Courts, until recent years, when deciding whether teachers surrender their right of free speech by accepting employment in the public schools, have almost universally held that the rights of teachers as individuals are subordinate to the rights of school boards as public employers. In applying the principle of stare decisis, courts had continuously relied upon cases reasoned along the lines of early American decisions in which the courts considered the exemplar responsibility of the teacher as the only material issue. Because of this judicial outlook, teachers have had great difficulty defending against dismissal or other disciplinary action by their employing school boards after having expressed themselves to the displeasure of their superiors. Although the amount of litigation dealing with this problem has been rather sparse until the last decade, development in this area is rapidly progressing since the courts have begun adopting a more liberal attitude with regard to the rights of the individual.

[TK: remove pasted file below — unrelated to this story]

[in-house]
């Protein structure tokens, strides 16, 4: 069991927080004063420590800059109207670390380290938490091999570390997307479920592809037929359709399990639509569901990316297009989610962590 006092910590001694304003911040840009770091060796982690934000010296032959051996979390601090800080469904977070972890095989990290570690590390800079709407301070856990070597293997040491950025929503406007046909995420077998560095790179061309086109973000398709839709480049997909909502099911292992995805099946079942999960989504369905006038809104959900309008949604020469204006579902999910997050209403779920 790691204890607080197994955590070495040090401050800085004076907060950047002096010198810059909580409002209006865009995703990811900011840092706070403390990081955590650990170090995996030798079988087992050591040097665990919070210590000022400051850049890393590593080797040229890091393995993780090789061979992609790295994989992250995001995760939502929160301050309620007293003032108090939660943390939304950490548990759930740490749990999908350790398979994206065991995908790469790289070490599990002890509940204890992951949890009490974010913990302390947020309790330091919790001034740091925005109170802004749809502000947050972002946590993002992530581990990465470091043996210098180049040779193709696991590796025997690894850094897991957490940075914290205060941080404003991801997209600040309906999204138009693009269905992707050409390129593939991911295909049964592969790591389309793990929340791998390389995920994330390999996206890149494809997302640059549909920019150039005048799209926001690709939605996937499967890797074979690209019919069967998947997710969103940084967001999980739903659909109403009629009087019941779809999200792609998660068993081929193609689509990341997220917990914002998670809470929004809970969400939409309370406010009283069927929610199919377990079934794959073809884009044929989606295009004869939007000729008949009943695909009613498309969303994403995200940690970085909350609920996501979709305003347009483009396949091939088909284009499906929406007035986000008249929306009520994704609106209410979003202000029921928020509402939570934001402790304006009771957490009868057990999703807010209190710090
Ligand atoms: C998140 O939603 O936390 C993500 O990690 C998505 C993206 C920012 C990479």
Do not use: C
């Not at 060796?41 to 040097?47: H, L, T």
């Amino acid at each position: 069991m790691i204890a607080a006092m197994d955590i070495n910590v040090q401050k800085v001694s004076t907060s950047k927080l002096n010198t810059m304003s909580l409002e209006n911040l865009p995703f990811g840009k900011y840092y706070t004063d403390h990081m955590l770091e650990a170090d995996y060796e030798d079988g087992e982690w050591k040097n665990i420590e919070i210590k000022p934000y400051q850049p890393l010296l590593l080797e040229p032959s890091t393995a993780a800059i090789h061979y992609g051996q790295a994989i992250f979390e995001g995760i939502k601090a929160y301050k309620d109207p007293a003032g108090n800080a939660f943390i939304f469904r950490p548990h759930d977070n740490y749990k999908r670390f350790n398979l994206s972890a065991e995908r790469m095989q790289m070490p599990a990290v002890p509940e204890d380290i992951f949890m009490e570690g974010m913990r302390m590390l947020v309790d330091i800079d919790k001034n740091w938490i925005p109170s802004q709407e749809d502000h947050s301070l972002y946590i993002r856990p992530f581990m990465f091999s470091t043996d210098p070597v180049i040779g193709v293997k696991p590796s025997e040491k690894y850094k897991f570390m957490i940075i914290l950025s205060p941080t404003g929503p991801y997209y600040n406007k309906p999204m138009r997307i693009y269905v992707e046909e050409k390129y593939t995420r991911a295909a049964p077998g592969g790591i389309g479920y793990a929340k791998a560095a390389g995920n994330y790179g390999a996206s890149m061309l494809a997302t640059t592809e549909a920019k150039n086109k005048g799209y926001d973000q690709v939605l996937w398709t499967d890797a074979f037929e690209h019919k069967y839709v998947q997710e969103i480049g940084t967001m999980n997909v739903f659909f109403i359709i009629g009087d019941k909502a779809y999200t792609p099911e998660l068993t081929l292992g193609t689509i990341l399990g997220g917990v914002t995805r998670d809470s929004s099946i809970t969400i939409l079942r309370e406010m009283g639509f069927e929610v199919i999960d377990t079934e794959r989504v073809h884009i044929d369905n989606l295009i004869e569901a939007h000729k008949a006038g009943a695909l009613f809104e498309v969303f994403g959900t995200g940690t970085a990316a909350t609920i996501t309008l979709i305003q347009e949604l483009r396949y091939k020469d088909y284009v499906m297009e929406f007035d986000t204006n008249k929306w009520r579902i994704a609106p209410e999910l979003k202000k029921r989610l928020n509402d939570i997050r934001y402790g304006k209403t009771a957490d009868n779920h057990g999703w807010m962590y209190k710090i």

Edward M. Graham,
Freedom of Speech of the Public School Teacher,
19 Clev. St. L. Rev.
available at https://engagedscholarship.csuohio.edu/clevstlrev/vol19/iss2/40